The approximated greenhouse gas (GHG) inventories reflect estimates of emissions of the preceding year, for each EU Member State. The EEA and the European Commission use these early indications of greenhouse gas emissions to monitor progress towards climate targets.
What the data are telling us
- GHG emissions in the EU continue to decrease in absolute terms, although emission increases are observed in some Member States. Emissions in the EU decreased by 3.7 % between 2018 and 2019.
- Emissions in international aviation continue to increase and increased by 3 % over 2018 levels, in 2019.
- The largest contributor to EU emissions is the energy sector, and this is where the largest relative decreases are also observed.
- In the transport sector, emissions continue to increase.
The EU has set itself targets to progressively reduce its GHG emissions up to 2050, to net zero. Key targets are set in the 2020 climate and energy package and the 2030 climate and energy framework, which put the EU on a path to become a climate-neutral economy. These packages set targets in reductions in GHG emissions, improvement in energy efficiency and renewables. The GHG targets comprise the Emissions Trading System and national emission reduction targets covered by the ‘Effort Sharing Decision’. Progress towards these targets is regularly monitored and reported.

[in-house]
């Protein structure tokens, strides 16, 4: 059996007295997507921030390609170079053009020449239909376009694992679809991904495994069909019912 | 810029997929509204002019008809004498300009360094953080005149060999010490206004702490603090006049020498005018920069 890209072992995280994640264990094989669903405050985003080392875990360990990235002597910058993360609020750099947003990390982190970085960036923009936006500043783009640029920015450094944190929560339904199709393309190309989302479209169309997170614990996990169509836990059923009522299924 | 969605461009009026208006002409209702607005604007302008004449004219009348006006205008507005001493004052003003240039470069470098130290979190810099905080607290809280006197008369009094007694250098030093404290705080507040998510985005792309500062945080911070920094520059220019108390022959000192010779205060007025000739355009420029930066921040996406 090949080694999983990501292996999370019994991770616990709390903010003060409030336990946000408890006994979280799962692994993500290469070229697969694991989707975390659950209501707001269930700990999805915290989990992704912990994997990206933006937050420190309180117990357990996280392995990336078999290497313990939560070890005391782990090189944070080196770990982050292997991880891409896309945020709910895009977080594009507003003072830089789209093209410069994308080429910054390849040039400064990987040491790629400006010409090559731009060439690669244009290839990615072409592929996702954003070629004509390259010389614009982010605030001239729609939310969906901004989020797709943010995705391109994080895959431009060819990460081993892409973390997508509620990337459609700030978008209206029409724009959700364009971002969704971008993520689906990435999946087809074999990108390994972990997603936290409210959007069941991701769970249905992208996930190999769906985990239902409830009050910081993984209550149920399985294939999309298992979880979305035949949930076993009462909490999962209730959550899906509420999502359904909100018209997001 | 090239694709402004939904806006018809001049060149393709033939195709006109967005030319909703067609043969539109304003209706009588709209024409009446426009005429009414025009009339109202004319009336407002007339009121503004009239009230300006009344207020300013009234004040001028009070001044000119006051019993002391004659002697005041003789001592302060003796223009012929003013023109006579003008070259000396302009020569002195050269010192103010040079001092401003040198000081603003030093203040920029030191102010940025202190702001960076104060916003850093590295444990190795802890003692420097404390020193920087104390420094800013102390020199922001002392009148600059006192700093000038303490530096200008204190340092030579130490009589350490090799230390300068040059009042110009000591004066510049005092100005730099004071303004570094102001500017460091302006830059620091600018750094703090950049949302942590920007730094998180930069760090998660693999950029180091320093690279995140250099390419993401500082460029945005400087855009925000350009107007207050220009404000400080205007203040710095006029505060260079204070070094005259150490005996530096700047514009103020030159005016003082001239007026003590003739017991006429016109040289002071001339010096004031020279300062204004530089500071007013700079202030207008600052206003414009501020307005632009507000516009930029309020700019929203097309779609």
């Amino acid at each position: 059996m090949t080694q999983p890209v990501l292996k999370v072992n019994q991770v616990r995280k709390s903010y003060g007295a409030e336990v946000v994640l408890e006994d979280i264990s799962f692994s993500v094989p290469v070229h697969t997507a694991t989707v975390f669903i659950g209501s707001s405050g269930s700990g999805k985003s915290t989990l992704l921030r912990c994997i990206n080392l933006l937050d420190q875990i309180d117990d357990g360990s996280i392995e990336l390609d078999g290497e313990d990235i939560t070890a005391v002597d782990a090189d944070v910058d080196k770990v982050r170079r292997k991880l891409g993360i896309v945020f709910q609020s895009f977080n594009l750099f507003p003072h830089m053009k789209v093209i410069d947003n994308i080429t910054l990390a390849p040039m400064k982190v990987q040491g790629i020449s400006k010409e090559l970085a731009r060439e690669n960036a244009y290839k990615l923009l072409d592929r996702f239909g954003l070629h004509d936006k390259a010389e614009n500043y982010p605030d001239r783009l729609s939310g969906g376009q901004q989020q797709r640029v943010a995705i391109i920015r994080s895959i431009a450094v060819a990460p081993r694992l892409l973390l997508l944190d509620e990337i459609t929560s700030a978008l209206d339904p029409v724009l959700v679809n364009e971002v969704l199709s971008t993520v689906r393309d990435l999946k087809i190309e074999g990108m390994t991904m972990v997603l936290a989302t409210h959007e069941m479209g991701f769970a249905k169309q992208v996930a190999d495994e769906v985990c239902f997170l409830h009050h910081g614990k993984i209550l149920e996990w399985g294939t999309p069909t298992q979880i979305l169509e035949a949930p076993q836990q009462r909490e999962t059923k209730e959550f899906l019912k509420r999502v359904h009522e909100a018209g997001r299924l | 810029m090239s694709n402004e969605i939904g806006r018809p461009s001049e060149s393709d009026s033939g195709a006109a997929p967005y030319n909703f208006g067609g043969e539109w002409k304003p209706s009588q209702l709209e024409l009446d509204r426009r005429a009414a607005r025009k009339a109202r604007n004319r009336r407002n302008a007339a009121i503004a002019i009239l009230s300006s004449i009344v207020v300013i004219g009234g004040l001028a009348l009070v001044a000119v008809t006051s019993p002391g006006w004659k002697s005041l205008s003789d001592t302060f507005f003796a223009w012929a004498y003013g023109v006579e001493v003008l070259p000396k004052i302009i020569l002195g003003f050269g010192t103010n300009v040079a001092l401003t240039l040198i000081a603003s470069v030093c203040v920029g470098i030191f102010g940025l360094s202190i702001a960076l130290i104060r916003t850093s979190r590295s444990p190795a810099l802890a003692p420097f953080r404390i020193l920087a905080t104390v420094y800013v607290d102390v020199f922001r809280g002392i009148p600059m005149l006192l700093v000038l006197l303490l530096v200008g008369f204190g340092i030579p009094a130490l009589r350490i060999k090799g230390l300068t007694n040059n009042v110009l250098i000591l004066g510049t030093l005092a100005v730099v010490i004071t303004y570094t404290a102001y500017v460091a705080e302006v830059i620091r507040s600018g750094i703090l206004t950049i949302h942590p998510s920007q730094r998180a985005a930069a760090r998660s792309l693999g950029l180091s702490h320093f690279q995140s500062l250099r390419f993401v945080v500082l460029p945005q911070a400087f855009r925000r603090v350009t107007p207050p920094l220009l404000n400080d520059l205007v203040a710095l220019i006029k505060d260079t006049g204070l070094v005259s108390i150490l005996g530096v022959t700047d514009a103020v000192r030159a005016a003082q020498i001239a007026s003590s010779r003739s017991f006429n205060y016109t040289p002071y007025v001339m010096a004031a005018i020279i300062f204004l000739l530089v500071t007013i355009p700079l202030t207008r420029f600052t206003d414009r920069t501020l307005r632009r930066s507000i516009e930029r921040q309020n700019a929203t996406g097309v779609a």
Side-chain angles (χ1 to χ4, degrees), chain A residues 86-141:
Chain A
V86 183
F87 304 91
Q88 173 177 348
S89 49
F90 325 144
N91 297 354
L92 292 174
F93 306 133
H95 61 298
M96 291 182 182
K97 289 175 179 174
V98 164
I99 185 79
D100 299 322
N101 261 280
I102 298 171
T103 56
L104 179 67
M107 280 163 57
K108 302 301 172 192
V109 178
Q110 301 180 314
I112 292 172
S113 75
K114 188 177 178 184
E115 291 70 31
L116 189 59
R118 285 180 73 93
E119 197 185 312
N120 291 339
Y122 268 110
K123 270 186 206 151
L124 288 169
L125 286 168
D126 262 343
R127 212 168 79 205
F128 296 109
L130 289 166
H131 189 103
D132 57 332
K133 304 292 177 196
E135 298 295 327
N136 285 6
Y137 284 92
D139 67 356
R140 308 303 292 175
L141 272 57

Monitoring and reporting progress towards the 2020 climate and energy package is achieved by implementing Regulation (EU) No 525/2013 (Monitoring Mechanism Regulation) and Implementing Regulation (EU) 749/2014. Progress is monitored by the European Commission and the EEA every year, when each country is required to report its emissions. From 2021 onwards, the annual progress reporting takes place in the context of reporting under the Governance of the Energy Union and Climate Action Regulation.
The approximated EU GHG inventory is an early estimate of EU GHG emissions for the preceding year. It is based on emission estimates reported by Member States by 31 July every year. If a Member State does not provide its estimates by that date, the EU inventory is complemented by its own estimates. Providing approximated GHG estimates provides a first glimpse of emissions for the preceding year, which allow timely analysis of progress to targets.
The approximated estimates cover all GHG emissions for all gases, sectors and Member States. They do not include emissions or removals from land use, land use change and forestry. Reporting on estimates of emissions from international aviation is not mandatory: if this is not provided by Member States, the gap is filled with information from Eurocontrol.